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Location: Auckland, New Zealand

Monday, May 16, 2011

Mana tops Maori Party in early poll

Mana leader Hone Harawira says he's stunned by a Horizon poll showing his party is more popular than the Maori Party.

Last week’s nationwide survey of 1845 people found 2.3 percent support for Mana compared with 2.1 percent for the Maori Party.

The poll has a margin of error of 2.3 percent.

Mr Harawira says sensed strong support in Te Tai Tokerau as he starts his by-election campaign, but the Horizon poll result is better than even he could have anticipated.

“What it probably says though is there is quite a general spread of support for Mana as opposed to the Maori Party who are probably just locked into the old loyal members they once had. I suspect also that a lot of m support is coming from disillusions Maori Party voters,” he says.

Mr Harawira says he may also be picking up support from Pakeha working people who don’t see the Phil Goff-led Labour Party as representing their interests.


Meanwhile, Maori Party co-leader Pita Sharples says it’s time for the party to speak out about what it’s done for Maori.

He says an accounting of the benefits that have flowed from the party’s participation in the Government will be a key weapon in the Te Tai Tokerau by-election.

“We’ve done an analysis on how much millions the Maori Party has extracted for Maori people and the projects. We’re going to publish this soon. It‘s quite stunning when you add up all the projects. And this has been dampened by slander we’re doping nothing. It’s our own fault. We’ve got to get this stuff out there,” Dr Sharples says,

He’s confident the party will win the by-election with the backing on iwi leaders in the north.


A Maori woman who has lived with HIV for 18 years says social stigma can mean many of those infected may be put off getting the help they need.

Marama Pala, the executive director of the Maori, Indigenous and South Pacific HIV/AIDS Foundation, says rate of HIV among Maori women is at its highest in 20 years.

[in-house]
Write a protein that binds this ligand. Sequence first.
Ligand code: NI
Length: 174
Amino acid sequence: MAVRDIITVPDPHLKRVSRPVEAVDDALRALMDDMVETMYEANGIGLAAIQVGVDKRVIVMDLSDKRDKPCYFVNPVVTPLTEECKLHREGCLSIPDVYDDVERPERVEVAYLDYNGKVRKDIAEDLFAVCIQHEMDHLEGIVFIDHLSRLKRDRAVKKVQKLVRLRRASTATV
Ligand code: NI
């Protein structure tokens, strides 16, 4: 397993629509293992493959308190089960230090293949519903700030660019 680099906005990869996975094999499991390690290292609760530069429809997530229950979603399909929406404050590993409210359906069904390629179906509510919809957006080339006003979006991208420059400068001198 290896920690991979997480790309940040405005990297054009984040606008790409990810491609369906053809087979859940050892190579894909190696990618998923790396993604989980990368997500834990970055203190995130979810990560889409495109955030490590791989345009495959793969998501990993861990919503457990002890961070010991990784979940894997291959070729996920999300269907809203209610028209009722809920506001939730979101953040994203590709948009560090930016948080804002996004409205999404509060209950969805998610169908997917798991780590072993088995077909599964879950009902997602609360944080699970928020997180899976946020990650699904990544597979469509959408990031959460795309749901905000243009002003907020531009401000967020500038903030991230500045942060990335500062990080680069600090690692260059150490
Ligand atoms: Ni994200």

She says because many wahine only get tested when they start showing symptoms of AIDs, which lowers their chances of survival.

Ms Pala says it’s hard enough living with the disease without having to face unnecessary discrimination.

“It’s offices like WINZ and hospitals it can pop up in and it’s just lack of knowledge so one of the jobs we do in our organization is go round and educate people so they’re not afraid of it any more. I think the hardest thing for us is getting people the see it is in New Zealand it is in Aotearoa and our community and the Maori community,” she says.

Marama Pala is one of seven global community representatives to the 19th international AIDS Conference in Washington DC in July.


The head of the electoral college which appoints directors to Te Ohu Kaimoana says members were shocked to find they had dumped chair Ngahiwi Tomoana.

Naida Glavish says the 11 members of Te Kawai Taumata used a secret voting process to pick four directors from seven nominations.

She says Mr Tomoana, who leads the Hawles Bay Ngati Kahungunu iwi, had made a significant contribution in his four years on the Maori fisheries settlement trust.

“It’s unfortunate that he hasn’t been returned by a process that is very transparent and above board. It left us all in shock actually,” Ms Glavish says.

The four selected were Rikirangi Gage of Te Whanau a Apanui, who was up for reselection, Hinerangi Raumati from Ngati Mutunga and Waikato, Matiu Rei of Ngati Toa, and Jamie Tuuta of Ngati Mutunga.


A west Auckland anti-violence worker says Social Development minister Paula Bennett's prescription for fighting child abuse amount to re-victimizing young Maori mothers.

In a weekend newspaper column Ms Bennett put forward what she called radical ideas including managing the money of at risk teen parents, making benefits dependent on having well child checks, and mandatory reporting of child abuse.

Ngaroimata Reid from Tu Wahine disagrees.

“She’s re-victimising these young mothers instead of providing the support and the resources that they need to improve their well being and to improve their way of life,” she says.

Ms Bennett claims it isn't a race or class issue, but that half the 4552 babies born to teenagers last year were Maori and half the children abused are Maori.


Political activist John Minto is considering a run as a Mana Party candidate in Epsom at the general election.

The Unite Union organiser, who Mana leader Hone Harawira describes as a great New Zealander, says after a lifetime of working outside the party system he would be delighted to be a Mana list candidate.

He would also joust for Epsom if ACT selects former mayor and National MP John Banks as its candidate,

“I'd make an appeal to the voters of Epsom not to be so bloody selfish. Why should the whole country be subjected to the policies and practices of ACT just because we have a very selfish electorate in the middle of Auckland,” Mr Minto says.


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